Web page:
The first quarterback in NFL history with multiple 400-yard passing games in a season against the same team (Baltimore Ravens), Joe Burrow and the high-flying Cincinnati Bengals’ offense couldn’t have handpicked a better time to have their best showing of the aging season. A 20-point rout of their AFC North divisional foe that has placed them a game up on the Lamar Jackson-less Ravens, Burrow’s performance and his group of elite castmates have provided a larger picture into just how impactful both Burrow and the high-octane Bengals offense can be when the playoffs roll around in a few weeks.
A team that has enjoyed its fair share of ups and downs throughout their 9-6 campaign, it’s about how you play in late December and into the New Year that justifies the type of football team you’ll be when thrown into the postseason fire. While the Bengals entered Sunday’s showdown losers of two of their last three games, including a backbreaking loss at the hands of the San Francisco 49ers in overtime two weeks ago, on the shoulders of Burrow, Zac Taylor’s Bengals have found themselves firing on all cylinders as we move closer to 2022.
A roster scrambling for production just a few short seasons ago, the influx of talent around Burrow has introduced one of the NFL’s premier offensive groups absolutely no defense wants to face during the back end of the season. An organization that has failed to finish above .500 since 2015 and on the heels of a 4-12 campaign in Burrow’s injury-shortened rookie season, the skill sets of Tee Higgins, Tyler Boyd, Joe Mixon, and 2021 first-rounder Ja’Marr Chase has introduced a core group of weapons rivaled by few in football. While Burrow was otherworldly against Baltimore, tossing for a gaudy 525 yards (fourth-most ever in a single game), it was the play of his aforementioned arsenal of weapons against a stingy Ravens defense that headlined the early slate of games.
Although it wasn’t arduous to predict the Bengals would reap the reward of re-pairing Burrow and Chase from the most dominant offense in college football history (2019 LSU Tigers), the early success and continued, improving rapport of Burrow with his former collegiate teammate has opened up the seams for guys like Higgins and Boyd to face a multitude of one-on-one matchups—inviting nightmares for opposing defensive coordinators.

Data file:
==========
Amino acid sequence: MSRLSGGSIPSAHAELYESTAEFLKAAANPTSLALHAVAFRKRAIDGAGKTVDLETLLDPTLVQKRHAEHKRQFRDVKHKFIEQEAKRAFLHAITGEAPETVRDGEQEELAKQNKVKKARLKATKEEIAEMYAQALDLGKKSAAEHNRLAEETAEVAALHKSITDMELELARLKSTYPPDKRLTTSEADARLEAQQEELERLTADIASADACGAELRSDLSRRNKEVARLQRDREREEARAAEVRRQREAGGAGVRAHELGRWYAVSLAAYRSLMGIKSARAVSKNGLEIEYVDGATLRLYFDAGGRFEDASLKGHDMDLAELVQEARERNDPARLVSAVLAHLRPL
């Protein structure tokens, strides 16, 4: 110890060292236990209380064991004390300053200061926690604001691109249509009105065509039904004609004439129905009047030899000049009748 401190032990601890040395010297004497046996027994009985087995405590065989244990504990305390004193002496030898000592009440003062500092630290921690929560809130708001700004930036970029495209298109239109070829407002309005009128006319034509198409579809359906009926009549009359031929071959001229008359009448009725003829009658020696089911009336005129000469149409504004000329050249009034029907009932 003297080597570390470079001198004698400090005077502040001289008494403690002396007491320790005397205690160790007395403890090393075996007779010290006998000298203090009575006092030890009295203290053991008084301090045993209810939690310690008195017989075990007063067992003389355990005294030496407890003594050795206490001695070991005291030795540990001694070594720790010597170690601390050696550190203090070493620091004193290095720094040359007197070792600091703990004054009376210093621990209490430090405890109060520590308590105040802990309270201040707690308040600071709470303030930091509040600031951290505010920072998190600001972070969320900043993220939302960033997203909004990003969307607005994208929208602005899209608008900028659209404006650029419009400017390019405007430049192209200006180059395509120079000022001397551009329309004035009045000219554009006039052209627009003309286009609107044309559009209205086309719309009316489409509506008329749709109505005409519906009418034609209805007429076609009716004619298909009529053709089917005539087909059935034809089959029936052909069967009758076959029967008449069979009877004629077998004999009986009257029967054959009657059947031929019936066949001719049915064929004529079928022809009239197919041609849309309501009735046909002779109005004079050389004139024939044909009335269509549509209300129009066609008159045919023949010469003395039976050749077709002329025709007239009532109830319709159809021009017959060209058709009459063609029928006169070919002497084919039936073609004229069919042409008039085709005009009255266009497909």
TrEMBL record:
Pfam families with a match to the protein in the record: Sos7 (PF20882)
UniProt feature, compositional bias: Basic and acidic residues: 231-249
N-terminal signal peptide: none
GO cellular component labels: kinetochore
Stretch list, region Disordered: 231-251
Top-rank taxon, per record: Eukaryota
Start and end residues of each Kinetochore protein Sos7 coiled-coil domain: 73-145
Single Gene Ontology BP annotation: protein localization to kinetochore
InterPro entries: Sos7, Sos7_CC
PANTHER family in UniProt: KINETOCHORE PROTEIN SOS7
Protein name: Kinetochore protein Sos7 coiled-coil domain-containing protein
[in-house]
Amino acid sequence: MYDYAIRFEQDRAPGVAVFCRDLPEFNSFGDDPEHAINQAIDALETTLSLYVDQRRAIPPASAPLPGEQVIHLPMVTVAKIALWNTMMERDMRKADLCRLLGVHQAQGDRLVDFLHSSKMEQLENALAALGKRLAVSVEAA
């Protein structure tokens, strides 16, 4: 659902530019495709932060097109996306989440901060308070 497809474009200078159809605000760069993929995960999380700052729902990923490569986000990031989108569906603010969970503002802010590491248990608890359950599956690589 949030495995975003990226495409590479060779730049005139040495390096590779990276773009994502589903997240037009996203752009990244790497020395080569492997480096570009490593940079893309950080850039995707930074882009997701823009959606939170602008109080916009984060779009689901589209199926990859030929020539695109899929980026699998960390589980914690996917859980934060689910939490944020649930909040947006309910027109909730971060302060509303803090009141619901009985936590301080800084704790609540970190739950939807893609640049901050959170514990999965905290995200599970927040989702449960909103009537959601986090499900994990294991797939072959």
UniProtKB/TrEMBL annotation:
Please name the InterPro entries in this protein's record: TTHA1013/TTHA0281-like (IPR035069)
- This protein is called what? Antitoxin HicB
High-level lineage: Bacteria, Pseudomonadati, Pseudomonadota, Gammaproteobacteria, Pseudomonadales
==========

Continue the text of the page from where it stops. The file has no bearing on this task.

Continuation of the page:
While any of those wide outs have the ability to take over a game every time they step out on the gridiron, it was the 6-foot-5 presence in Higgins that proved to be the poster child of production during Burrow’s aerial barrage of the Ravens’ secondary on Sunday. A 12-catch, 194-yard performance capped with two visits to paydirt, despite enjoying a career day, it failed to overshadow the 125-yard showcase from Chase and an 85-yard day for Boyd, who averaged nearly 30 yards a catch. A group of perimeter talents each with their own unique, specialized skill sets presents an impossible task to cover when each is healthy and Burrow is presented with time to scan and progress through his reads inside the pocket.
22 eyes aren’t enough, and that’s without accounting for tailback Joe Mixon. Among the league’s top ball-carriers that entered the week slotted third in football in total rushing yards, his versatile, nearly positionless skill set presents a Weapon X Burrow has leaned on heavily when teams bring bodies out of the box to account for the flare outside.
An offense that has scored 30 or more points on six separate occasions this fall, consistency will remain king if the Bengals look to rid their playoff drought and earn their first playoff victory since 1991. One of the league’s most exciting young offenses whose best could lie years down the road, the arrival of Burrow and his ensemble of playmakers have welcomed the future to the present day—a more than overdue embrace that will look to last for seasons to come in Cincinnati.